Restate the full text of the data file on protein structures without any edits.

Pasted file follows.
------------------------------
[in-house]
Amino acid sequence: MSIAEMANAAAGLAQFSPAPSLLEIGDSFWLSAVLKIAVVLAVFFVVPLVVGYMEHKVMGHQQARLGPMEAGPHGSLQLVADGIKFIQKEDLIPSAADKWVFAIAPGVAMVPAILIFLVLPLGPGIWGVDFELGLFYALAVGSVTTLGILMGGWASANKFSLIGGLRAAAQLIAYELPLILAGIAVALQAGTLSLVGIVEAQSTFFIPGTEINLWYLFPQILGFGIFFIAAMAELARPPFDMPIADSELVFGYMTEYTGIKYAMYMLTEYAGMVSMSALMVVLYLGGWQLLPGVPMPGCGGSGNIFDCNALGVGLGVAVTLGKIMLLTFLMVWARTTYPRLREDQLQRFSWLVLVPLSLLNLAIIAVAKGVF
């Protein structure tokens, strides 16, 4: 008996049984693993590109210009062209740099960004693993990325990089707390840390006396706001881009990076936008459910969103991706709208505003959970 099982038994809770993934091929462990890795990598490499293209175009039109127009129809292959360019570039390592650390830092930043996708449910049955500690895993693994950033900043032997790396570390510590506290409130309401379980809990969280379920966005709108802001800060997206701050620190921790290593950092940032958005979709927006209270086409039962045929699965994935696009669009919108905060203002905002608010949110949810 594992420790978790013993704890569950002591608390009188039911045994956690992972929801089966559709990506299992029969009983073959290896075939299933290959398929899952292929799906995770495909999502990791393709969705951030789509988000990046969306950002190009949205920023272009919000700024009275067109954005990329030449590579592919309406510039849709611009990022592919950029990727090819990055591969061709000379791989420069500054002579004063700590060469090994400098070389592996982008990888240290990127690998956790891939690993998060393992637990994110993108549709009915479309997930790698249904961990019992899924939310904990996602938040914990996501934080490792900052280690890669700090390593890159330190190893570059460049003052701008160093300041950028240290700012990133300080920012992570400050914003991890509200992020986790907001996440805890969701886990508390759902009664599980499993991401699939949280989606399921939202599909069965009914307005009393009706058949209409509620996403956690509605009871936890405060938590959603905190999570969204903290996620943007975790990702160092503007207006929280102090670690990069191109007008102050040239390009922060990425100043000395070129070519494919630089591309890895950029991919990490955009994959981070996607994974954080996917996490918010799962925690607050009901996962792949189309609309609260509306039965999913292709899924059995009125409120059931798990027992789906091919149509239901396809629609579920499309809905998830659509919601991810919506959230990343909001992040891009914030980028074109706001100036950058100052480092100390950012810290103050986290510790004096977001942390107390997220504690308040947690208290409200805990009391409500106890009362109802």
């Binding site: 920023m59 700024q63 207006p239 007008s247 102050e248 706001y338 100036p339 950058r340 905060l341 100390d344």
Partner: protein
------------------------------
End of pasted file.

[in-house]
Amino acid sequence: MSIAEMANAAAGLAQFSPAPSLLEIGDSFWLSAVLKIAVVLAVFFVVPLVVGYMEHKVMGHQQARLGPMEAGPHGSLQLVADGIKFIQKEDLIPSAADKWVFAIAPGVAMVPAILIFLVLPLGPGIWGVDFELGLFYALAVGSVTTLGILMGGWASANKFSLIGGLRAAAQLIAYELPLILAGIAVALQAGTLSLVGIVEAQSTFFIPGTEINLWYLFPQILGFGIFFIAAMAELARPPFDMPIADSELVFGYMTEYTGIKYAMYMLTEYAGMVSMSALMVVLYLGGWQLLPGVPMPGCGGSGNIFDCNALGVGLGVAVTLGKIMLLTFLMVWARTTYPRLREDQLQRFSWLVLVPLSLLNLAIIAVAKGVF
């Protein structure tokens, strides 16, 4: 008996049984693993590109210009062209740099960004693993990325990089707390840390006396706001881009990076936008459910969103991706709208505003959970 099982038994809770993934091929462990890795990598490499293209175009039109127009129809292959360019570039390592650390830092930043996708449910049955500690895993693994950033900043032997790396570390510590506290409130309401379980809990969280379920966005709108802001800060997206701050620190921790290593950092940032958005979709927006209270086409039962045929699965994935696009669009919108905060203002905002608010949110949810 594992420790978790013993704890569950002591608390009188039911045994956690992972929801089966559709990506299992029969009983073959290896075939299933290959398929899952292929799906995770495909999502990791393709969705951030789509988000990046969306950002190009949205920023272009919000700024009275067109954005990329030449590579592919309406510039849709611009990022592919950029990727090819990055591969061709000379791989420069500054002579004063700590060469090994400098070389592996982008990888240290990127690998956790891939690993998060393992637990994110993108549709009915479309997930790698249904961990019992899924939310904990996602938040914990996501934080490792900052280690890669700090390593890159330190190893570059460049003052701008160093300041950028240290700012990133300080920012992570400050914003991890509200992020986790907001996440805890969701886990508390759902009664599980499993991401699939949280989606399921939202599909069965009914307005009393009706058949209409509620996403956690509605009871936890405060938590959603905190999570969204903290996620943007975790990702160092503007207006929280102090670690990069191109007008102050040239390009922060990425100043000395070129070519494919630089591309890895950029991919990490955009994959981070996607994974954080996917996490918010799962925690607050009901996962792949189309609309609260509306039965999913292709899924059995009125409120059931798990027992789906091919149509239901396809629609579920499309809905998830659509919601991810919506959230990343909001992040891009914030980028074109706001100036950058100052480092100390950012810290103050986290510790004096977001942390107390997220504690308040947690208290409200805990009391409500106890009362109802």
């Binding site: 920023m59 700024q63 207006p239 007008s247 102050e248 706001y338 100036p339 950058r340 905060l341 100390d344």
Partner: protein